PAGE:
Elizabethton lifters rack up at nationals
Apr 18, 2013 at 8:20 PM
Even the coaches were caught off guard by this performance.
When coaches Alex Campbell and Chad Salyer took a group of seven Elizabethton High School weight lifters to New Orleans to compete in the APF High School National Power Lifting Championships, they thought three of them might have a shot at winning a national championship.
Imagine their surprise when six of the seven ended up with first-place awards.
“I thought we might have three national champions, but I didn’t think we would have that many,” Campbell said. “Some things worked out for us. We have a great group of kids, but the main reason for our success is the consistency. Most of them, this is their third year and they keep working hard every week, getting better and improving all the time.”
Elisa Bird in the 97-pound varsity girls’ class led the way.
Competing in her third national championship meet, she not only won her division, but set national records in the squat, bench press and total amount lifted.
It served as an inspiration for others as all five of the females won national championships.
Hannah Oliver improved from an eighth-place finish in 2012 to win the 105-pound junior varsity division. Arian Scott was first in the 165 junior varsity and Courtnee Odom finished first in 198 junior varsity.
In the varsity ranks, Cerri Bradley took top honors in the 123-pound class after finishing fourth the previous two years.
“Last year and the year before, I got fourth place,” she said. “I never would have imagined I would win. I wanted to get third so I would do better than the year before, but I ended up being stronger on my second lift and won by about 90 pounds.”
She held a 10-pound lead after the first lift with the squat, but up next was the bench press, usually her worst event. Instead of losing her advantage, however, she emerged with a 20-pound lead heading into the deadlift.
From there, it was smooth sailing.
“I was really nervous the other girls would catch up with me, but I ended up still ahead,” she said. “When I got to the opening deadlift, I had the girl in second place beat by 80 pounds.”
It showed remarkable progress for a girl who had trouble bench pressing the 45-pound bar when she first started. Now she’s pushing more than her body weight, posting 125 pounds for the national competition.
“It’s been a goal of mine for a long time to be able to bench my body weight,” she said. “I’m really proud of that, but I’m not going to settle with that.”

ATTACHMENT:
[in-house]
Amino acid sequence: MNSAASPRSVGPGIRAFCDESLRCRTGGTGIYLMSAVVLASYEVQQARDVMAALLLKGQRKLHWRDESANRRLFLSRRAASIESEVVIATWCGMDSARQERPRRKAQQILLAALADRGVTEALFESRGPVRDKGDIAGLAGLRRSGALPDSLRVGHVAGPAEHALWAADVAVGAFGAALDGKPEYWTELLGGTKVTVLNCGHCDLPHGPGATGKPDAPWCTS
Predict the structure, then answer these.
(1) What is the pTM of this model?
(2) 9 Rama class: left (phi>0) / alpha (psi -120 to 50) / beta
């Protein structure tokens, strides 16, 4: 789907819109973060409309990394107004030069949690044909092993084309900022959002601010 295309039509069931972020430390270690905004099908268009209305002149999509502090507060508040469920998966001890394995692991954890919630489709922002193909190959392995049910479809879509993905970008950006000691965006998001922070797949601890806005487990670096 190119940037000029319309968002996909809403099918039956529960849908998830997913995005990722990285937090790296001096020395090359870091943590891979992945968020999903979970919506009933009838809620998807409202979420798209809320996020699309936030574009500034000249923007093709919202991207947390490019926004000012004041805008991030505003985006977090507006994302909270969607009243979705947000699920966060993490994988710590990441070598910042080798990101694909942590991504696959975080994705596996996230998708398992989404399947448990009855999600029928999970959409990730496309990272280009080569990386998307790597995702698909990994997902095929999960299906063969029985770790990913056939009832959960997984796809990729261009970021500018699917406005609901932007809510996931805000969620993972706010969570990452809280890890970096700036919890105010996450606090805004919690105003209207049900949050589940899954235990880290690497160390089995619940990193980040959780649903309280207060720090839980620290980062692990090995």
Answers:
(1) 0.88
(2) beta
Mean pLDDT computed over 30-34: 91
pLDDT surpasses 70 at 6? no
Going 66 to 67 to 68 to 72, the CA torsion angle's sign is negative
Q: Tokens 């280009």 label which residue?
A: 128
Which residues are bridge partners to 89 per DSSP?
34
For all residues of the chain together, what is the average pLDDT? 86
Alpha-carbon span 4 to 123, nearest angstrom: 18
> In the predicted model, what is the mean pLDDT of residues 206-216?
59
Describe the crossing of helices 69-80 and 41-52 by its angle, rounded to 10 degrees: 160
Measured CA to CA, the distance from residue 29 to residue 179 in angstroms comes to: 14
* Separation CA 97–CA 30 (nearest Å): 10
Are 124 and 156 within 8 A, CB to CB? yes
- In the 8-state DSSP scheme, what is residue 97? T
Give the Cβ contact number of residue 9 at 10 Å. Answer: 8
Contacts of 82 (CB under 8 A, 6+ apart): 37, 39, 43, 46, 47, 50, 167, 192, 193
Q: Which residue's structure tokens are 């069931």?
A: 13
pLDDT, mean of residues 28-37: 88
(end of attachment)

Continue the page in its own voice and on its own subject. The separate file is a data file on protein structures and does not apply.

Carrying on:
Lifting has become a big part of her life, that even the choice of where she attends college depends in part if the school offers a lifting program.
On the boys’ side, Nikolai Simpson took first place in the Super Heavyweight Class and saved his best for last with a 600-pound deadlift. He attempted a high school record 645-pound deadlift at the end of the meet, but barely missed it.
By hitting the 600-mark, his coach mentioned him alongside Bob Peoples, who set the world record for the deadlift in 1949.
“That 600-pound deadlift, he’s done it three times,” Campbell said about Simpson. “He did it at the high school meet, at the state meet and 600 at the nationals. There is only one other person in the history of Carter County to do that, and that was Bob Peoples 70 years ago. For a high school kid to do that, that was impressive. He’s come a long way.”
Jacob Slagle was the only non-champion of the group, recording a strong fifth-place finish in the 165-pound varsity class. It was quite a feat considering he only started power lifting after his senior season of football.
He still managed a 485-pound deadlift which ranked among the nation’s best.
Two other lifters — Luke Blanton and Tori Cruz — also qualified for the national meet, but were unable to compete due to injury.
Campbell said his team’s experience helped at the national meet.
“Experience is important because they’re usually nervous the first time,” he said. “When they compete, they’re on the platform all by themselves. If they haven’t worked hard or they mess up, everybody sees it. Sometimes in team sports, someone might not notice if you mess up. When you’re out there by yourself with three judges, you can’t hide anything.”
Experience has also made the coaches better.
It was the eighth national meet for Campbell and the fourth time at the nationals for Salyer. They’ve refined training methods over the years, now using the Reactive Training Systems program developed by world record power lifter Mike Tuchscherer.
There is plenty of reason to believe the team will have several threats to win at nationals again next year. They only lose two seniors, Simpson and Slagle, from the group which competed at this year’s meet.
They will probably set goals to break a number of national records, something they really didn’t plan on last week.
“We didn’t really have it as a goal for anybody to set any records,” Campbell said. “Once the meet got going, we saw some kids had a shot at a few. We thought we might as well go for it.”